by Rabbi Paul J. Kipnes, Congregation Or Ami, Calabasas, CA
Originally posted on orami.org
Eloheinu velohei avoteinu v’imoteinu,
Our God and God of our fathers and mothers,
The flood waters came, wreaking havoc upon our cities, our homes,
our rescue workers, our sense of security,
And we turn to You for comfort and support.
Help us to differentiate between floods of destruction
and down-pouring of Your love and comfort.
We know that waters can destroy.
In a world decimated many times before,
having been submerged in waters
from the Florida hurricanes, the Asian tsunami, and …
each of Biblical proportions,
we remember the destructive abilities of these flood waters.
Recalling now that the world, though filled with Your Glory,
is not equal to Your flawlessness,
we strive desperately, sometimes without success,
to move beyond the impulse to blame You.
Keep us far from apocalyptic thoughts, for we know that You ask us to care for each other, an awesome responsibility.
We also know that we can seek You in the waters.
We recall Your Loving Hand, guiding us in our infancy:
From a barren rock, You brought forth water to quench our thirst,
In the midst of a journey through the wilderness, You showed Miriam a
myriad of wells which healed our parched throats,
You guided us through Yam Suf, the Red Sea, moving us past destruction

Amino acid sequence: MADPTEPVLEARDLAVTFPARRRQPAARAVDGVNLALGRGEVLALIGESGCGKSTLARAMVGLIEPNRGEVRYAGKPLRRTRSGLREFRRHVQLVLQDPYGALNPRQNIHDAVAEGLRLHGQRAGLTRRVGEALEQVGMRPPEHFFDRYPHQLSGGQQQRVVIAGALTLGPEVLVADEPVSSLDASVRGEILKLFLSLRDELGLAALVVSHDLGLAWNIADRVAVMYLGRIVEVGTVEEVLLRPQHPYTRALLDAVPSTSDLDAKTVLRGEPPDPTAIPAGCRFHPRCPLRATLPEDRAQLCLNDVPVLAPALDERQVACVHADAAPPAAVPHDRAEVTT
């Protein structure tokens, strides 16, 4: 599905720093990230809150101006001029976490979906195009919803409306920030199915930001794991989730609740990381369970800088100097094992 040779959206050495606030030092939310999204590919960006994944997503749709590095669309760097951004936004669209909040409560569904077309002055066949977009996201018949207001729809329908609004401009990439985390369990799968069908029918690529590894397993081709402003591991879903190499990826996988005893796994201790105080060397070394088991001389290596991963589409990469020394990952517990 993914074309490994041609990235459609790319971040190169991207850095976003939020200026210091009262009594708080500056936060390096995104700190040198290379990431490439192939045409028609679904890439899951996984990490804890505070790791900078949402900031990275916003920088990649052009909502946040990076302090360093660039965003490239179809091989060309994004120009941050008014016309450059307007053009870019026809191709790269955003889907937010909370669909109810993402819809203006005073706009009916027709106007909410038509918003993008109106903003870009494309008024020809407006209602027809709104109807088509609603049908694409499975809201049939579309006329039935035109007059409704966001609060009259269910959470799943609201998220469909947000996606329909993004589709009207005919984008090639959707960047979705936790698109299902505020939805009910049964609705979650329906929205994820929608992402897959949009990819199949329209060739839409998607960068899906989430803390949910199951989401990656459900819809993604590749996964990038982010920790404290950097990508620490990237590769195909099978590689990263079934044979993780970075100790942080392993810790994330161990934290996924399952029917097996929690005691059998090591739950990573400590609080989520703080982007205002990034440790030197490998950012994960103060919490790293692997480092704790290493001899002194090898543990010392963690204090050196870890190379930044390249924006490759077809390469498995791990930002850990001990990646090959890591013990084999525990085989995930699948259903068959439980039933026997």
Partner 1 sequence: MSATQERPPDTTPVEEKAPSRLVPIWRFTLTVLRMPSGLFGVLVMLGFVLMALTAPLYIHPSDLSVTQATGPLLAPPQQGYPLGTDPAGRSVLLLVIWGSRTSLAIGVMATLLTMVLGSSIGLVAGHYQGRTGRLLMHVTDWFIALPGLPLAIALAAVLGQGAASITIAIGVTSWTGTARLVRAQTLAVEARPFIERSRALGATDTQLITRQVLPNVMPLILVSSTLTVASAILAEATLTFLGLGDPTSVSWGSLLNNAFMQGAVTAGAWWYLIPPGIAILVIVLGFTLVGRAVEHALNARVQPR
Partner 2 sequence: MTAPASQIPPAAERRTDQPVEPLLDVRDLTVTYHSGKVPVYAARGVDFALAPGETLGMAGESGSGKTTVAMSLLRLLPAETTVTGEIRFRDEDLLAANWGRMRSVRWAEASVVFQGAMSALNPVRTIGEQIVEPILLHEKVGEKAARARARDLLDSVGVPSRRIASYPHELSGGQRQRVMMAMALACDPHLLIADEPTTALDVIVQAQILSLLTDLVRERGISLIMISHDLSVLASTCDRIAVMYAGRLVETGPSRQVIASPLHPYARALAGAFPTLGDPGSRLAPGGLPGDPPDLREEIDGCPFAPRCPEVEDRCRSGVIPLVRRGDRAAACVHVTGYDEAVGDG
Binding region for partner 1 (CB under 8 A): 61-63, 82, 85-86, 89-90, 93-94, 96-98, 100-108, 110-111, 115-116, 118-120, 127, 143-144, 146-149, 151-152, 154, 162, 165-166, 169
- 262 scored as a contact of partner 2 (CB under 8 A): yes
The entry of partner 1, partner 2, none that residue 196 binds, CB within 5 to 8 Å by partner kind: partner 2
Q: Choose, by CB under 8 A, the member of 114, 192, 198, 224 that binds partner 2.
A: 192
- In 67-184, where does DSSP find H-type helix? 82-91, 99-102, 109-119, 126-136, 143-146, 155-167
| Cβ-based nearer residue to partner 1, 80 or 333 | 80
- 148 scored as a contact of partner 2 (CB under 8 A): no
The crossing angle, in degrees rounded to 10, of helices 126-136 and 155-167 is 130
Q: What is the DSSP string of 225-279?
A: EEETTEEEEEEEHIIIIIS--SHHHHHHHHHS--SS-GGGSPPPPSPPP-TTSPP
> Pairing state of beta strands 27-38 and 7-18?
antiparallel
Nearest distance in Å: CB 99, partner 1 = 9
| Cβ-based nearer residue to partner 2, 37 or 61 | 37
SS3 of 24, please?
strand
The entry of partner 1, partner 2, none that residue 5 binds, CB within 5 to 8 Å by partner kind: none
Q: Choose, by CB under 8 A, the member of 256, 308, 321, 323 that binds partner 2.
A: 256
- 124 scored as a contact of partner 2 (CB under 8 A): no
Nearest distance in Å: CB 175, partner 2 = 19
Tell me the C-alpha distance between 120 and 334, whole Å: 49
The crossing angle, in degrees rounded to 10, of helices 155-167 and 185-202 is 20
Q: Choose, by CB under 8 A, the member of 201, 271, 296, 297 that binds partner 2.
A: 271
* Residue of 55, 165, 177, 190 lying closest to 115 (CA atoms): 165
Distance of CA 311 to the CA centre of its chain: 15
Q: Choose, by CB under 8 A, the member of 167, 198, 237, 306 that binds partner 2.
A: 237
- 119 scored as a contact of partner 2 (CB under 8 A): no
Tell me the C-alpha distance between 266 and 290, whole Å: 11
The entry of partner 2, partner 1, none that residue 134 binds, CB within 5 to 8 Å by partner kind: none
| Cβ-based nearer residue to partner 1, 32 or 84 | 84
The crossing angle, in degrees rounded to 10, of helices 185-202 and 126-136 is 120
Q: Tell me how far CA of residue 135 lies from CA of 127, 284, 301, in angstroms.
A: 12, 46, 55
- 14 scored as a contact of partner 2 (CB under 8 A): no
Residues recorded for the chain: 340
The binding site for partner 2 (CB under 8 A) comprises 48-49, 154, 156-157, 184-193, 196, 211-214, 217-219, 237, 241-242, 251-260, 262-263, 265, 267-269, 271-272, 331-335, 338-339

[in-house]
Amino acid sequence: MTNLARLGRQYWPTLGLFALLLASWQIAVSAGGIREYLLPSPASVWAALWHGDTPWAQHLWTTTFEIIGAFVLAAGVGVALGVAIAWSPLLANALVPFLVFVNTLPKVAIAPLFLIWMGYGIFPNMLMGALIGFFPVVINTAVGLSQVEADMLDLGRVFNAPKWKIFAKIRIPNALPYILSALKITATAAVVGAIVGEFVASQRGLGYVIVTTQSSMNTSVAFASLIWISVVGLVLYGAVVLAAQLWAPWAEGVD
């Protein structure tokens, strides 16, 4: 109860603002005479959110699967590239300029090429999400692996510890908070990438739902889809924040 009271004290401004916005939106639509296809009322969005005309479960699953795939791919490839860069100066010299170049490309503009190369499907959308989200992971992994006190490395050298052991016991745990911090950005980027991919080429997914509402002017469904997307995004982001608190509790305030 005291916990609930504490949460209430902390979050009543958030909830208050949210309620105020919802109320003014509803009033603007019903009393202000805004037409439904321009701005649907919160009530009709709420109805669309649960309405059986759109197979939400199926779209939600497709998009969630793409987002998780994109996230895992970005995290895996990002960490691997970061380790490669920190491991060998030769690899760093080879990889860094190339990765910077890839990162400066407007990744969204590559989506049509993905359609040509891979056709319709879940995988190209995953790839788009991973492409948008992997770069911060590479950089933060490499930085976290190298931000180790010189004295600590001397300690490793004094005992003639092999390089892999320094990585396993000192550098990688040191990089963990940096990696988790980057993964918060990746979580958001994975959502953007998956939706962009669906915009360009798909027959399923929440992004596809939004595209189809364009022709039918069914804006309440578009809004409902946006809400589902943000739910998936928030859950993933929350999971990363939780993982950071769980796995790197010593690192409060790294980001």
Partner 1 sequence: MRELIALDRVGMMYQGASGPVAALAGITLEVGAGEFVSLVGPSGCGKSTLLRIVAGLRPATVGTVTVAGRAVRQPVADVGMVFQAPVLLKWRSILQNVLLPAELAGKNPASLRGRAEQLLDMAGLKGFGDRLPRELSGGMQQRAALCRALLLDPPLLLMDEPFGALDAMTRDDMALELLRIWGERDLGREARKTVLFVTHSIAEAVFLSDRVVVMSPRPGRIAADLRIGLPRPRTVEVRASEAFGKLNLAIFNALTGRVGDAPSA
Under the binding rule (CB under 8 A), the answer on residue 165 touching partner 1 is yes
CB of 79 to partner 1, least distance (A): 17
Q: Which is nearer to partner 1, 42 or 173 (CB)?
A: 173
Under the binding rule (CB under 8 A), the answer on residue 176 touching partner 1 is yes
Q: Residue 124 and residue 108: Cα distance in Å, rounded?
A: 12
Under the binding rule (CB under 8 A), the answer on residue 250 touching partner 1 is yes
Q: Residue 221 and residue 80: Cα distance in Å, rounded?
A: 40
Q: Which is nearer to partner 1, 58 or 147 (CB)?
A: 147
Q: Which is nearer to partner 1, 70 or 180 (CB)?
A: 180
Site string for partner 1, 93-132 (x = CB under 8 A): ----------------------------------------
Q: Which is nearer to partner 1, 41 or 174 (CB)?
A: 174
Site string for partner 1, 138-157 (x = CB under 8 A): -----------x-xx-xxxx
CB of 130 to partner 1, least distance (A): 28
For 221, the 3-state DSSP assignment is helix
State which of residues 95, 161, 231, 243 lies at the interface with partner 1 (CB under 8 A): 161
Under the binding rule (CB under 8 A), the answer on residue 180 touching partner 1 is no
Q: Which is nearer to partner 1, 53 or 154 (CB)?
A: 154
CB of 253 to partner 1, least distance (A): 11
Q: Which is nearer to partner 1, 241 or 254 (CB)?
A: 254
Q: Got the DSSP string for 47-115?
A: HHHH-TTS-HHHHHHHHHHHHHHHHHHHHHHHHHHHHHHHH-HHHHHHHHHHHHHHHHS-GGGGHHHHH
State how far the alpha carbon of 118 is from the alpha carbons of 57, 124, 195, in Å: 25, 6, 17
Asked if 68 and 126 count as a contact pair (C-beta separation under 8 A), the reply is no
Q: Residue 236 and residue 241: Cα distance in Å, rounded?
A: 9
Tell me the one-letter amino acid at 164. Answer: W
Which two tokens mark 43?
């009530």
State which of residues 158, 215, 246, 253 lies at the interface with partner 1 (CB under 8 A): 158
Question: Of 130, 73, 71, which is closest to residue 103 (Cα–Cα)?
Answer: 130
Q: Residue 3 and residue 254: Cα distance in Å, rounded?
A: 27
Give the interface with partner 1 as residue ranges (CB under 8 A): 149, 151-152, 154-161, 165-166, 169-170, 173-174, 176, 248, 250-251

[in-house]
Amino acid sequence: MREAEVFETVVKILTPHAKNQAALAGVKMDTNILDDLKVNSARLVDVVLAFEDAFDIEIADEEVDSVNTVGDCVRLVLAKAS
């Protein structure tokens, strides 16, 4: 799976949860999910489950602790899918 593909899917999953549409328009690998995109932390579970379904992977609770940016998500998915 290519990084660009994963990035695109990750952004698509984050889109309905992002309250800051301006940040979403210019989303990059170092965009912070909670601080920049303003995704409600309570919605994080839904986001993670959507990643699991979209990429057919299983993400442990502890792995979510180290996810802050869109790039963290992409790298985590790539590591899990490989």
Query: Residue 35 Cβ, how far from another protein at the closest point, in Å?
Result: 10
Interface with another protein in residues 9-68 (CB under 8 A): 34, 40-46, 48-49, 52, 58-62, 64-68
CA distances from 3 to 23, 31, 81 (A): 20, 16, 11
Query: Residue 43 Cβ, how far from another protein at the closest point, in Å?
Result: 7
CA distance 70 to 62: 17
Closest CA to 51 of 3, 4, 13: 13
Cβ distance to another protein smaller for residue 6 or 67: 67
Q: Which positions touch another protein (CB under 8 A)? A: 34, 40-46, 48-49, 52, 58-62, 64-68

toward new life and new beginnings.
Through Your love, we found our way.
Be with us now, during these deluged days.
Draw us close to those harmed by these waters, hearing their
cries, responding to their needs.
Lead us to support those who will fix the cities,
care for the displaced, who bring healing to those suffering.
Though our attention spans seem so short, may we
be slow to forget those who were in danger.
Please bring a warm wind and hot sun from the heavenly realms
to help dry up the flood waters.
And may we all embrace at least one lesson spoken aloud by so many who – facing the floods – rushed to pack up their valuables:
That memories of love and of time spent with family and friends
are priceless, holy and sacred.
This can never be taken away.
As we rush to meet the challenge of living in this
imperfect world of ours,
May we slow down enough to cherish those who are truly valuable –
kadosh/holy – to us.
Baruch Ata Adonai, Hamavdil bein kodesh l’chol.
Blessed are You, O God, who differentiates between the truly
Valuable and everything else.